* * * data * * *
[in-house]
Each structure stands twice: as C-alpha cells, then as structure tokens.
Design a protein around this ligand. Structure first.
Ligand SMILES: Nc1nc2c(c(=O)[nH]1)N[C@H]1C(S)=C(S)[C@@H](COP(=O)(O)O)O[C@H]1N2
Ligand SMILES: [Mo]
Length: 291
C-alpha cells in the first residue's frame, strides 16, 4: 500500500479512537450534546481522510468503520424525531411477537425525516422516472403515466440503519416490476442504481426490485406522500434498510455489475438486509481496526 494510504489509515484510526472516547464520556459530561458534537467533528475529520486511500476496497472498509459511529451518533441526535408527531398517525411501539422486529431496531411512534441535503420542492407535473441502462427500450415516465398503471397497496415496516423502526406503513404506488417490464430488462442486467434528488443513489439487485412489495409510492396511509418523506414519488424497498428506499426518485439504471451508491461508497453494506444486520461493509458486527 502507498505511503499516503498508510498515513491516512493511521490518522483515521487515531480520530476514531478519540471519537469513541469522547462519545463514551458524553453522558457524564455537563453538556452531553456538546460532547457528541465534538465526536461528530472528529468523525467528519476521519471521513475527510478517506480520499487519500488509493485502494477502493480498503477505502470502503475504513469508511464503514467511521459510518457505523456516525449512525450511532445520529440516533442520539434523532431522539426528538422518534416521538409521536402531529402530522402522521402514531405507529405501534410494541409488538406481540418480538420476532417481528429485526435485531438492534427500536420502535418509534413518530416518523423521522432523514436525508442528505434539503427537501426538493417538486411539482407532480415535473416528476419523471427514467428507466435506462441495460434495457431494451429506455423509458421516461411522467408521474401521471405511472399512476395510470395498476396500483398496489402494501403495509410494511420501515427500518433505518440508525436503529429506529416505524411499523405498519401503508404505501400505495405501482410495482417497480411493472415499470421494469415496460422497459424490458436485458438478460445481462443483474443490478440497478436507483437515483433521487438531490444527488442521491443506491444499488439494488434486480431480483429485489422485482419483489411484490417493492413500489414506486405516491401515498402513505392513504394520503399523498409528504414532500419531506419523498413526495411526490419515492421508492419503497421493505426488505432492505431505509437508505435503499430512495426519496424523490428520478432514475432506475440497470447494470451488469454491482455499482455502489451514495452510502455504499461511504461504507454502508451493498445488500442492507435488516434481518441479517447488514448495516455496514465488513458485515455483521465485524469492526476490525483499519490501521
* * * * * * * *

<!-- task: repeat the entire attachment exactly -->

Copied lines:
[in-house]
Each structure stands twice: as C-alpha cells, then as structure tokens.
Design a protein around this ligand. Structure first.
Ligand SMILES: Nc1nc2c(c(=O)[nH]1)N[C@H]1C(S)=C(S)[C@@H](COP(=O)(O)O)O[C@H]1N2
Ligand SMILES: [Mo]
Length: 291
C-alpha cells in the first residue's frame, strides 16, 4: 500500500479512537450534546481522510468503520424525531411477537425525516422516472403515466440503519416490476442504481426490485406522500434498510455489475438486509481496526 494510504489509515484510526472516547464520556459530561458534537467533528475529520486511500476496497472498509459511529451518533441526535408527531398517525411501539422486529431496531411512534441535503420542492407535473441502462427500450415516465398503471397497496415496516423502526406503513404506488417490464430488462442486467434528488443513489439487485412489495409510492396511509418523506414519488424497498428506499426518485439504471451508491461508497453494506444486520461493509458486527 502507498505511503499516503498508510498515513491516512493511521490518522483515521487515531480520530476514531478519540471519537469513541469522547462519545463514551458524553453522558457524564455537563453538556452531553456538546460532547457528541465534538465526536461528530472528529468523525467528519476521519471521513475527510478517506480520499487519500488509493485502494477502493480498503477505502470502503475504513469508511464503514467511521459510518457505523456516525449512525450511532445520529440516533442520539434523532431522539426528538422518534416521538409521536402531529402530522402522521402514531405507529405501534410494541409488538406481540418480538420476532417481528429485526435485531438492534427500536420502535418509534413518530416518523423521522432523514436525508442528505434539503427537501426538493417538486411539482407532480415535473416528476419523471427514467428507466435506462441495460434495457431494451429506455423509458421516461411522467408521474401521471405511472399512476395510470395498476396500483398496489402494501403495509410494511420501515427500518433505518440508525436503529429506529416505524411499523405498519401503508404505501400505495405501482410495482417497480411493472415499470421494469415496460422497459424490458436485458438478460445481462443483474443490478440497478436507483437515483433521487438531490444527488442521491443506491444499488439494488434486480431480483429485489422485482419483489411484490417493492413500489414506486405516491401515498402513505392513504394520503399523498409528504414532500419531506419523498413526495411526490419515492421508492419503497421493505426488505432492505431505509437508505435503499430512495426519496424523490428520478432514475432506475440497470447494470451488469454491482455499482455502489451514495452510502455504499461511504461504507454502508451493498445488500442492507435488516434481518441479517447488514448495516455496514465488513458485515455483521465485524469492526476490525483499519490501521